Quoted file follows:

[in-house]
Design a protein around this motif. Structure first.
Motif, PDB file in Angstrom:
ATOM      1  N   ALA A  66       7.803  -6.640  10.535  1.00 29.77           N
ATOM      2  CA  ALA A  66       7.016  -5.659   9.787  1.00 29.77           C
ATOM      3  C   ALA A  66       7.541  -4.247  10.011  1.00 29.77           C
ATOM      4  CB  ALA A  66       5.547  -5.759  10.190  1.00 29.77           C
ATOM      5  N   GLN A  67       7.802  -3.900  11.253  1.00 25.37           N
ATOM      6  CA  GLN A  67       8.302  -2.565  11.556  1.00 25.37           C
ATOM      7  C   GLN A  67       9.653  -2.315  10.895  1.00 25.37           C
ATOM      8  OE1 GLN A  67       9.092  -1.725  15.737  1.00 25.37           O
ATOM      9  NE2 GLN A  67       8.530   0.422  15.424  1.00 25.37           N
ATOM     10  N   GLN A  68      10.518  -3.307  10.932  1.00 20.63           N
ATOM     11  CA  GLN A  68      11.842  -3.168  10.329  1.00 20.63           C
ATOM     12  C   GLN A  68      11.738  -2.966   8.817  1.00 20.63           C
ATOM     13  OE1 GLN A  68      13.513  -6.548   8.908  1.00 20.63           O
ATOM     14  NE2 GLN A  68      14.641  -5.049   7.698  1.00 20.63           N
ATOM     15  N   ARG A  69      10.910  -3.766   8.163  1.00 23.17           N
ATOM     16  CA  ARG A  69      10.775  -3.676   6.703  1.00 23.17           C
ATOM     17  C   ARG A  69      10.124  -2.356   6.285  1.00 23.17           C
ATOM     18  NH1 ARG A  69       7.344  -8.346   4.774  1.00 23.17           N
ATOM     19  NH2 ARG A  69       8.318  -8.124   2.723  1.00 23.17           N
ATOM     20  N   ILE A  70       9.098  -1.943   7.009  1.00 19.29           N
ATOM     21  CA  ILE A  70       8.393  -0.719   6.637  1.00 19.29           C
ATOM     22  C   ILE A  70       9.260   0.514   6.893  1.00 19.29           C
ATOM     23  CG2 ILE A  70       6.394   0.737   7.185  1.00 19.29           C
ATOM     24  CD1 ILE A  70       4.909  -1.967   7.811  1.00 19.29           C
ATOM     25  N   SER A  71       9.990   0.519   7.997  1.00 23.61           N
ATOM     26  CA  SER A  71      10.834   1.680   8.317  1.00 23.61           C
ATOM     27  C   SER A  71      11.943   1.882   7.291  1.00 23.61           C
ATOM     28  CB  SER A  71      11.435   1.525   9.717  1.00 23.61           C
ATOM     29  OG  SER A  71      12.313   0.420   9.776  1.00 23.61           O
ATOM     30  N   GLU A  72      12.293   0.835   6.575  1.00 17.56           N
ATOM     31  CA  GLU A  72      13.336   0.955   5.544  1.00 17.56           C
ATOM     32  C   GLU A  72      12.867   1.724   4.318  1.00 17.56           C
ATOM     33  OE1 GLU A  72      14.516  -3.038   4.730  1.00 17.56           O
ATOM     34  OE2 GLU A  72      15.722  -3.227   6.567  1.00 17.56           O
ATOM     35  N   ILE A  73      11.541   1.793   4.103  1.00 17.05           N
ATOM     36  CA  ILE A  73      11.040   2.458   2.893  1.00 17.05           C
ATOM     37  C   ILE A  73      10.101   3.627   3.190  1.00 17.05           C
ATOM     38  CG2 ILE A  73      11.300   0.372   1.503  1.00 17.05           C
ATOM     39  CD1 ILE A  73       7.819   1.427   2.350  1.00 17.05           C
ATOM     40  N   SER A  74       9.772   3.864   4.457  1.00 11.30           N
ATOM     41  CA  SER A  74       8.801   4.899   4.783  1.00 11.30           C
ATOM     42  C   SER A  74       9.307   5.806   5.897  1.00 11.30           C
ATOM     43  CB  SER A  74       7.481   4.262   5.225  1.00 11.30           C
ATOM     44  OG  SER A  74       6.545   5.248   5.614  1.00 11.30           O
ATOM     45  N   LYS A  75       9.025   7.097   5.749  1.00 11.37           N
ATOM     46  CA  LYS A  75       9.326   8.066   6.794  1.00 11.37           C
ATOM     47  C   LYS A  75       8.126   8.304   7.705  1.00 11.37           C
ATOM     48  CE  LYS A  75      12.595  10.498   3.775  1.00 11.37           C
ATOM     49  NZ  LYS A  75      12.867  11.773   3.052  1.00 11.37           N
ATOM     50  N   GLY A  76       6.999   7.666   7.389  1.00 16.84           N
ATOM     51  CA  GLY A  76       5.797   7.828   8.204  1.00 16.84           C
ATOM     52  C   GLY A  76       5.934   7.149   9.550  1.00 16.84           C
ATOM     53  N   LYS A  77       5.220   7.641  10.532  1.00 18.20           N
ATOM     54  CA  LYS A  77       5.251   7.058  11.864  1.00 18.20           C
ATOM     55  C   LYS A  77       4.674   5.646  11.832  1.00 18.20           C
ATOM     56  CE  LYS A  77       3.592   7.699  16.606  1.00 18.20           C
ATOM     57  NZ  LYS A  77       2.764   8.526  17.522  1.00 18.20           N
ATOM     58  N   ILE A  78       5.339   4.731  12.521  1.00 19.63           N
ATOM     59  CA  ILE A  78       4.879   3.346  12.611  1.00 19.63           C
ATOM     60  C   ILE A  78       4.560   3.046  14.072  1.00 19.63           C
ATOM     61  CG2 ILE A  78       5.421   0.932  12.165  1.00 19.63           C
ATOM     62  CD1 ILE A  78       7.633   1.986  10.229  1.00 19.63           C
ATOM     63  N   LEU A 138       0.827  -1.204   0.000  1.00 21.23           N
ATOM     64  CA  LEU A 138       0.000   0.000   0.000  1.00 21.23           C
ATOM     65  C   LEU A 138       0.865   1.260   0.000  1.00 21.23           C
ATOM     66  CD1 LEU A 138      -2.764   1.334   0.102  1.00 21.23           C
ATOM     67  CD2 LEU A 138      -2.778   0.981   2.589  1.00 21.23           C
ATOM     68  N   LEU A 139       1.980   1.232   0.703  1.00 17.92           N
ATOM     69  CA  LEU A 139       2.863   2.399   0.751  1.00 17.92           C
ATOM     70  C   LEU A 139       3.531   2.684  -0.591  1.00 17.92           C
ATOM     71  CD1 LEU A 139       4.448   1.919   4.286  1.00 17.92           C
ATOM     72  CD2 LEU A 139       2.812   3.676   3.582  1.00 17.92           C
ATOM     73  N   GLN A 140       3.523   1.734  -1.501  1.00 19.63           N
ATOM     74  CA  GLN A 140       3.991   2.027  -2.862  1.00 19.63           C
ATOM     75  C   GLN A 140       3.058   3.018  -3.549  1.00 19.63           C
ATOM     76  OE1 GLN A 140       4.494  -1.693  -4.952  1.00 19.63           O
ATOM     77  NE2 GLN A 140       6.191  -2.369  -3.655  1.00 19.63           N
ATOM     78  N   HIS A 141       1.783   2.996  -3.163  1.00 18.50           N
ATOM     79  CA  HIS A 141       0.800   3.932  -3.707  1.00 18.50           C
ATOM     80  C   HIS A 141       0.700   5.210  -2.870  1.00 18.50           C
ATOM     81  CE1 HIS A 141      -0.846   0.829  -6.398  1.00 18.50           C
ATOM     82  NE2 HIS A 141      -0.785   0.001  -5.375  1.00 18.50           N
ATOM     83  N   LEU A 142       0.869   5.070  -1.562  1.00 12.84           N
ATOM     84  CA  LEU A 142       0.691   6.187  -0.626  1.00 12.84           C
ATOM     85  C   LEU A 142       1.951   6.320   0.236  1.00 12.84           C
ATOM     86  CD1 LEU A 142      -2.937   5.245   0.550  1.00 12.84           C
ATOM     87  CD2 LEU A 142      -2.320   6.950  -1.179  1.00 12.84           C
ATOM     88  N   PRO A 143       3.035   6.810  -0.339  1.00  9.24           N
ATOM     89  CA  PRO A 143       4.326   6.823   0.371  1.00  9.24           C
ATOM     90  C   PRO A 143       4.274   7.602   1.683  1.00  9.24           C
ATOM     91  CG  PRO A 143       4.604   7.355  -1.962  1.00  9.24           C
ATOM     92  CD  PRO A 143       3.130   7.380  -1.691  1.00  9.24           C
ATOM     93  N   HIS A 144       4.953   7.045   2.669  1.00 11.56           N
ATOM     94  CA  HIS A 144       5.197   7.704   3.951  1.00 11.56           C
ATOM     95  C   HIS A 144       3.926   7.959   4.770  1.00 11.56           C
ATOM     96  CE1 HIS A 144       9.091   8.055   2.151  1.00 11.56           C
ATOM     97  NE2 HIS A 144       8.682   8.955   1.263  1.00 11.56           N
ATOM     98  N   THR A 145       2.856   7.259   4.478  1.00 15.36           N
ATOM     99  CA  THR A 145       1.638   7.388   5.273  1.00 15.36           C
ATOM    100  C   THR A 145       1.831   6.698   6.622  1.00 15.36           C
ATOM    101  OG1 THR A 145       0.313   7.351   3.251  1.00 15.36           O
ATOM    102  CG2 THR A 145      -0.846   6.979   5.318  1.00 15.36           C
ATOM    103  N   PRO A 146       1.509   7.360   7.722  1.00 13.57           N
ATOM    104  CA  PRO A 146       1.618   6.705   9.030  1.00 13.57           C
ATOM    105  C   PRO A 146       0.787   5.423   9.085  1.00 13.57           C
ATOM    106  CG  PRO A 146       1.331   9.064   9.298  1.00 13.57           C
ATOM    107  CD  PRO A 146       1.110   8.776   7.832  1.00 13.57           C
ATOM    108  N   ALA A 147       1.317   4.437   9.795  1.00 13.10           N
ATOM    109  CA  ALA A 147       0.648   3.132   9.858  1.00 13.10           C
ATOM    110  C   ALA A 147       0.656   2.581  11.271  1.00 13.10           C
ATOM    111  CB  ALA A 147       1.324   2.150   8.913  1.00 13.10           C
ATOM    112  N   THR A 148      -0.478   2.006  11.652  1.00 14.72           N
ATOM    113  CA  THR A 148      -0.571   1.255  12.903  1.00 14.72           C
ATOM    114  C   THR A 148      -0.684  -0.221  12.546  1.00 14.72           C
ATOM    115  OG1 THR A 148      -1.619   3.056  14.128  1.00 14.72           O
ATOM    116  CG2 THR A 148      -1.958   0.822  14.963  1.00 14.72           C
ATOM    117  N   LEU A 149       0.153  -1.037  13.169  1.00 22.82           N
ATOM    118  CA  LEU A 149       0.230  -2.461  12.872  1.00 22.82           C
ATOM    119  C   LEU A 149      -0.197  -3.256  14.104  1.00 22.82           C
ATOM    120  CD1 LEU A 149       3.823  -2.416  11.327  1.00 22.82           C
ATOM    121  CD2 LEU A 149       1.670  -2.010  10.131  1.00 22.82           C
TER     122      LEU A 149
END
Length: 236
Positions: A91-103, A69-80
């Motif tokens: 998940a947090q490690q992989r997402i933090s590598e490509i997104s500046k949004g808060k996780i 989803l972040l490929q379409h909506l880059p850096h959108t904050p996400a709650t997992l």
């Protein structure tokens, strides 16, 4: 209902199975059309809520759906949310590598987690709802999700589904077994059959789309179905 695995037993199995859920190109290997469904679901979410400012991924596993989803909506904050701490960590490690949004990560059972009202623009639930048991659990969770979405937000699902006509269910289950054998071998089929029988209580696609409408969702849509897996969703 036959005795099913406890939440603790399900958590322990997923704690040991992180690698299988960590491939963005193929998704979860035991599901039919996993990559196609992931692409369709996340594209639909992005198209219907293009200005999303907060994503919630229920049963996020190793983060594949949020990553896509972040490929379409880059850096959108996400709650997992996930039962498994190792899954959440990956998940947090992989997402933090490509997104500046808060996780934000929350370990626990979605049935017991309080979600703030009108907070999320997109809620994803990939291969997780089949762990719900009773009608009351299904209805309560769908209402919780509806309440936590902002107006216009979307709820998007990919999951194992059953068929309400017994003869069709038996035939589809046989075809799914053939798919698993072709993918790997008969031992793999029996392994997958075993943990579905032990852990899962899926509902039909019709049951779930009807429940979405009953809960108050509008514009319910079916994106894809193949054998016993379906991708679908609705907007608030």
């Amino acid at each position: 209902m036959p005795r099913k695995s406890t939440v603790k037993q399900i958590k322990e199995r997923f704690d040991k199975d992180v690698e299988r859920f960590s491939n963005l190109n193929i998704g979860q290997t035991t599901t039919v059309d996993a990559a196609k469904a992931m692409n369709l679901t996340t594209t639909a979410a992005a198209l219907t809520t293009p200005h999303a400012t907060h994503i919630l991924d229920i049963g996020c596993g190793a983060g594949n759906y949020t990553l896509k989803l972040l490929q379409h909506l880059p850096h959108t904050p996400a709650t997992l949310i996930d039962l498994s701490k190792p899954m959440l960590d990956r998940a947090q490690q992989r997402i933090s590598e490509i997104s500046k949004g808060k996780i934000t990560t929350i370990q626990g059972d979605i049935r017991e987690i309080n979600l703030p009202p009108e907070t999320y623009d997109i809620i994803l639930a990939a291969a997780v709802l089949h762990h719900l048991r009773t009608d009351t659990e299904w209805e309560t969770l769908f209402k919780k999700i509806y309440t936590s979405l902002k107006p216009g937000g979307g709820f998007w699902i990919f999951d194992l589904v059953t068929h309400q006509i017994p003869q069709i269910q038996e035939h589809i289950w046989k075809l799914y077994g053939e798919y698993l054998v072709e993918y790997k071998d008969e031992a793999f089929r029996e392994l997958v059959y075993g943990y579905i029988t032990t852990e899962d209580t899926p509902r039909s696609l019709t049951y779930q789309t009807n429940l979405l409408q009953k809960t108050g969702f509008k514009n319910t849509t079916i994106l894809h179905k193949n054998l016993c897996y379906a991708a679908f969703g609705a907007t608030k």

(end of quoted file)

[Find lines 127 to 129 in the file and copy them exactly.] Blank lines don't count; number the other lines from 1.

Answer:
Length: 236
Positions: A91-103, A69-80
């Motif tokens: 998940a947090q490690q992989r997402i933090s590598e490509i997104s500046k949004g808060k996780i 989803l972040l490929q379409h909506l880059p850096h959108t904050p996400a709650t997992l």